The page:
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Education reform and inequality: fifteen years of new lower secondary schools in Poland

Inequalities in education are so deeply embedded in social stratification that even far-reaching school reforms are not able to weaken the influence of social origin on school achievements. The aim of this article is to verify whether the education reform, which in Poland established a new type of 3-year lower secondary school (gimnazjum), simultaneously equalised the chances of students from different social backgrounds at the transition from lower to upper secondary school. All hypotheses were tested using PISA data from the years 20002012, which covered the period before and after school reform in Poland. In case of the first hypothesis, which concerned changes in the impact of social origin on student’s performance in the last year of the new schools, i.e. a year before transition to upper secondary school, PISA data clearly demonstrated that after the reform, there was no significant decrease in correlations between socio-economic status of students and their results in three PISA domains: mathematics, reading and science. In case of the second hypothesis, which was directly focused on social selections to upper secondary schools, PISA data did not confirm that anything changed in this respect after the reform. The third hypotheses addresses the problem of the growing differences among schools in terms of their performance. During the fifteen years since the reform, new schools started to diversify more and more, especially in large cities. PISA demonstrates, however, that this diversification did not perpetuate social inequalities, but rather resulted from competition among schools in the quality of instruction. The latter result was supported by PISA data from eight European countries where students, as in Poland, attend schools which are not divided into tracks. Between 2003 and 2012, growing differences among schools was observed in most of these countries, but in none of them was it accompanied by growing inequalities in education.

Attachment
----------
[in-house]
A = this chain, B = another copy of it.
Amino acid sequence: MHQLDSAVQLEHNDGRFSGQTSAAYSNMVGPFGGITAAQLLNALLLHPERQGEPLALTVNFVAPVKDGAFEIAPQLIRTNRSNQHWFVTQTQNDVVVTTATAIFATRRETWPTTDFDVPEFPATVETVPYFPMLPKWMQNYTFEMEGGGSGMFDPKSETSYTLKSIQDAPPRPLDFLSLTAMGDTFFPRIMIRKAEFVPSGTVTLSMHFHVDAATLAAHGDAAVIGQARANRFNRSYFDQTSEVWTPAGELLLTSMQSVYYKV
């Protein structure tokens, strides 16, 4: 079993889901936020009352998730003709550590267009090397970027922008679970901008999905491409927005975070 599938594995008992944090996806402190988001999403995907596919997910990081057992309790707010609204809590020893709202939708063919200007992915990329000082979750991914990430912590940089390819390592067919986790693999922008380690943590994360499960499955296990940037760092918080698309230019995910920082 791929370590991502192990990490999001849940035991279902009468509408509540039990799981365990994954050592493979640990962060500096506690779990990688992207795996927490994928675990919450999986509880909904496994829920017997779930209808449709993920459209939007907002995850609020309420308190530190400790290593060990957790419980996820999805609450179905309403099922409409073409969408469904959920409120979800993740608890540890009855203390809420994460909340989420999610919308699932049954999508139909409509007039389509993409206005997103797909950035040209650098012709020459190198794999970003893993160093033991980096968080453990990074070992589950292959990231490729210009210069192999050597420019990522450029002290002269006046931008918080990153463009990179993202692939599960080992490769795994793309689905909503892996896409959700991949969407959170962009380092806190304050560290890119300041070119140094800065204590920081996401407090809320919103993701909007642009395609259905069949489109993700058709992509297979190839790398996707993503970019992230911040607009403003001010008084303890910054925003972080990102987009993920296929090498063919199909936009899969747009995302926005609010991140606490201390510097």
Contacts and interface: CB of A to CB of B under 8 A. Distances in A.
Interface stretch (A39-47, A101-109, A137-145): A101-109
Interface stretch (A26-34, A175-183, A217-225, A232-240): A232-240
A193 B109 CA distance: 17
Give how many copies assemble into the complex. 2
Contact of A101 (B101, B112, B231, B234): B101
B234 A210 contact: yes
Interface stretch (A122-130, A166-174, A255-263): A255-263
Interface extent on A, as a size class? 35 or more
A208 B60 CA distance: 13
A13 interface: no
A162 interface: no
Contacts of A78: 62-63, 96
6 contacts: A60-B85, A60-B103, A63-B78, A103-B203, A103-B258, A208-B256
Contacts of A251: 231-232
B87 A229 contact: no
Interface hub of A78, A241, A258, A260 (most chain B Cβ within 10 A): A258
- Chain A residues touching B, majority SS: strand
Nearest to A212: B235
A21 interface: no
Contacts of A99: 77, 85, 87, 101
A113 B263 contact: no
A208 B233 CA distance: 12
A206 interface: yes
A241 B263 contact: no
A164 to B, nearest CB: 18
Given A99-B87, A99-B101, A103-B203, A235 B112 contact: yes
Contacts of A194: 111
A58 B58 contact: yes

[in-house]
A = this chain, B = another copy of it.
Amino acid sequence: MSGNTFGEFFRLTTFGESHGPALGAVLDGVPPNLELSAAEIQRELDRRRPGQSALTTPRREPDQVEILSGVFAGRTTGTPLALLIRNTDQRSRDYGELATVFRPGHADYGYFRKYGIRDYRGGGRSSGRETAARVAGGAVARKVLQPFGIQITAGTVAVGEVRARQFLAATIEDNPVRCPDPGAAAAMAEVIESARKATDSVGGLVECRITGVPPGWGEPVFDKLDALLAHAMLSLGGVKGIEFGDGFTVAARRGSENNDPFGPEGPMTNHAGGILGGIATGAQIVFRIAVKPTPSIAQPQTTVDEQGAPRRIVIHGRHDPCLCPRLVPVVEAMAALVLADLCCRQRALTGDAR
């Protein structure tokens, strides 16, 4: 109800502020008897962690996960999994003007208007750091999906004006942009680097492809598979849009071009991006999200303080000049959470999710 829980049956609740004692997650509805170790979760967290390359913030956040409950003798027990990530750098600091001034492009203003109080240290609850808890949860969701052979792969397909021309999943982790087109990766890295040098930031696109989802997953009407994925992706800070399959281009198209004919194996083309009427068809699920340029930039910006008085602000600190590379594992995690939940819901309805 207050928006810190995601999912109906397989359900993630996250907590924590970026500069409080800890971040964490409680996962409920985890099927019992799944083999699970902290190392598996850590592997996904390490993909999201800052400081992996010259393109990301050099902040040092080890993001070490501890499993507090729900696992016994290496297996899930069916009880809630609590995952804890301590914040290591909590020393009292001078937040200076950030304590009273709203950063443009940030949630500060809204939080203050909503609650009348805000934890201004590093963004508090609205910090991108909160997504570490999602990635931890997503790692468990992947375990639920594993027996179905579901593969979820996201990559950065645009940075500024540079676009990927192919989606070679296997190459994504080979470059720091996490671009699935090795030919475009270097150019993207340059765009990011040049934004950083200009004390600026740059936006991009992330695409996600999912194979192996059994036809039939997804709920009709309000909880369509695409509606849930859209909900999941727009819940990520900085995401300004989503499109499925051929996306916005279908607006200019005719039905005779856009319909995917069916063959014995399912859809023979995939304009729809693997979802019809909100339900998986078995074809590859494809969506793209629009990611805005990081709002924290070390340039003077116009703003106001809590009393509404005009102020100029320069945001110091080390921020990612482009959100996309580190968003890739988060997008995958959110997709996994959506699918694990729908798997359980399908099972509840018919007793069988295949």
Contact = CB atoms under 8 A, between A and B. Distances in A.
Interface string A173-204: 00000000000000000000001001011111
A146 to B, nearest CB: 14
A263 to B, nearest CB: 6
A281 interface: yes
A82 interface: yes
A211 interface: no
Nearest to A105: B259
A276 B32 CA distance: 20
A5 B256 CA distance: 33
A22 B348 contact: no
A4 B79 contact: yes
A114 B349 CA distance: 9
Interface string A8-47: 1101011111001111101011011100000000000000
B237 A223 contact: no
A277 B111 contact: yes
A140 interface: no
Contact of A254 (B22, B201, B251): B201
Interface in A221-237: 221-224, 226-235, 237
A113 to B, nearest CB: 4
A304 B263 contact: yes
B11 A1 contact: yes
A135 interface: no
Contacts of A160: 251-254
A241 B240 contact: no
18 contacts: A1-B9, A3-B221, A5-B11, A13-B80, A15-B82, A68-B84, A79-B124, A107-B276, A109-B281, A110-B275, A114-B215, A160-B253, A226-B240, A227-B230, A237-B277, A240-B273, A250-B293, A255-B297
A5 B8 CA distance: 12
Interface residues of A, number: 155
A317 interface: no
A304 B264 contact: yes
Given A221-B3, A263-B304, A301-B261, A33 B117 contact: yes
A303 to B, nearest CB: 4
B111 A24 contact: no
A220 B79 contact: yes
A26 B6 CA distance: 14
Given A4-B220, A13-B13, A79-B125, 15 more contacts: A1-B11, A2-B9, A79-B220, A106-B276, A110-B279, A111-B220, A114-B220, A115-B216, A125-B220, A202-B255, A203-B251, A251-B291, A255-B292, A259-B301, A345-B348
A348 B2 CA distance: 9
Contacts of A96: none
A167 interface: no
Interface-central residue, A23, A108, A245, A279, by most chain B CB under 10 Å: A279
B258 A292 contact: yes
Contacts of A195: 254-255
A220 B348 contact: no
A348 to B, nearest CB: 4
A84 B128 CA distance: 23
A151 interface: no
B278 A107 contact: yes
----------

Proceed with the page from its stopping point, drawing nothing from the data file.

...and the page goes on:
Zbigniew Sawiński,
 
Institute of Philosophy and Sociology, Polish Academy of Sciences

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The paper aims to verify two hypotheses. The first states that the differentiation of initial 1st grade pupil skills is negatively correlated with age at entry to school. This was tested according to findings from the ERI study Six and seven year olds at the start of school. The variation of reading and writing scores of 1164 pupils aged 5.9–7.9 years who were beginning 1st grade decreased in subsequent age quartiles. The second hypothesis – that classroom differentiation of pupils’ initial skills in 1st grade is positively correlated with the birthdate effect in 3rd grade – was tested on data of 4838 pupils from 254 classrooms drawn from the 2011 PIRLS and TIMSS studies in Poland. Skills were evaluated on the basis of parental reports. Hierarchical linear analysis (gender, SES and school location controlled) showed that the greater the differentiation of language skills in 1st grade, the greater the birthdate effect in mathematics in 3rd grade. This result suggests that school entry age is of lesser importance than the methods used to reduce differences in children’s school readiness at the onset of education.

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